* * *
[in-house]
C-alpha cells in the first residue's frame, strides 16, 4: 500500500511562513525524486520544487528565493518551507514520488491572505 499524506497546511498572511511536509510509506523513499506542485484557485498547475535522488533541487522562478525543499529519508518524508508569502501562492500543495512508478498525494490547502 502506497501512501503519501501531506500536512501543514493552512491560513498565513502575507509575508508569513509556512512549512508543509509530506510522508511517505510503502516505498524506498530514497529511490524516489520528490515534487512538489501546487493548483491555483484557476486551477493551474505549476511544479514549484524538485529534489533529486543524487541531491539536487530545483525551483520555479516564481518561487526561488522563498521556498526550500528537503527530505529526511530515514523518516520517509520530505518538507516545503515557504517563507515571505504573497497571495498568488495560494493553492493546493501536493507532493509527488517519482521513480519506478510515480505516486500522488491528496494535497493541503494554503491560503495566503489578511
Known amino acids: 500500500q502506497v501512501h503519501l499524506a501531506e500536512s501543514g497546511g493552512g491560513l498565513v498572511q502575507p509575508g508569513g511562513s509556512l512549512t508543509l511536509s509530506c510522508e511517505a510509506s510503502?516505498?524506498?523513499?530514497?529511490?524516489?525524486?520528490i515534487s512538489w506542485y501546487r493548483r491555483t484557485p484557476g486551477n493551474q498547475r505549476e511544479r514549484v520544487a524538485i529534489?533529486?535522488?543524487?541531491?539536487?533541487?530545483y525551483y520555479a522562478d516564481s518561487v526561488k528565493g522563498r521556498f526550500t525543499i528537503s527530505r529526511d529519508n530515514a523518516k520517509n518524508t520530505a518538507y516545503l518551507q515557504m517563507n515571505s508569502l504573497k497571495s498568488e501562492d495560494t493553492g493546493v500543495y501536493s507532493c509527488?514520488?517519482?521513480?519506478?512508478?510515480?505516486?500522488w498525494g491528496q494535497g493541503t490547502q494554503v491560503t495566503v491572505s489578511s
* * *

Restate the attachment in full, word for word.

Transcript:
[in-house]
C-alpha cells in the first residue's frame, strides 16, 4: 500500500511562513525524486520544487528565493518551507514520488491572505 499524506497546511498572511511536509510509506523513499506542485484557485498547475535522488533541487522562478525543499529519508518524508508569502501562492500543495512508478498525494490547502 502506497501512501503519501501531506500536512501543514493552512491560513498565513502575507509575508508569513509556512512549512508543509509530506510522508511517505510503502516505498524506498530514497529511490524516489520528490515534487512538489501546487493548483491555483484557476486551477493551474505549476511544479514549484524538485529534489533529486543524487541531491539536487530545483525551483520555479516564481518561487526561488522563498521556498526550500528537503527530505529526511530515514523518516520517509520530505518538507516545503515557504517563507515571505504573497497571495498568488495560494493553492493546493501536493507532493509527488517519482521513480519506478510515480505516486500522488491528496494535497493541503494554503491560503495566503489578511
Known amino acids: 500500500q502506497v501512501h503519501l499524506a501531506e500536512s501543514g497546511g493552512g491560513l498565513v498572511q502575507p509575508g508569513g511562513s509556512l512549512t508543509l511536509s509530506c510522508e511517505a510509506s510503502?516505498?524506498?523513499?530514497?529511490?524516489?525524486?520528490i515534487s512538489w506542485y501546487r493548483r491555483t484557485p484557476g486551477n493551474q498547475r505549476e511544479r514549484v520544487a524538485i529534489?533529486?535522488?543524487?541531491?539536487?533541487?530545483y525551483y520555479a522562478d516564481s518561487v526561488k528565493g522563498r521556498f526550500t525543499i528537503s527530505r529526511d529519508n530515514a523518516k520517509n518524508t520530505a518538507y516545503l518551507q515557504m517563507n515571505s508569502l504573497k497571495s498568488e501562492d495560494t493553492g493546493v500543495y501536493s507532493c509527488?514520488?517519482?521513480?519506478?512508478?510515480?505516486?500522488w498525494g491528496q494535497g493541503t490547502q494554503v491560503t495566503v491572505s489578511s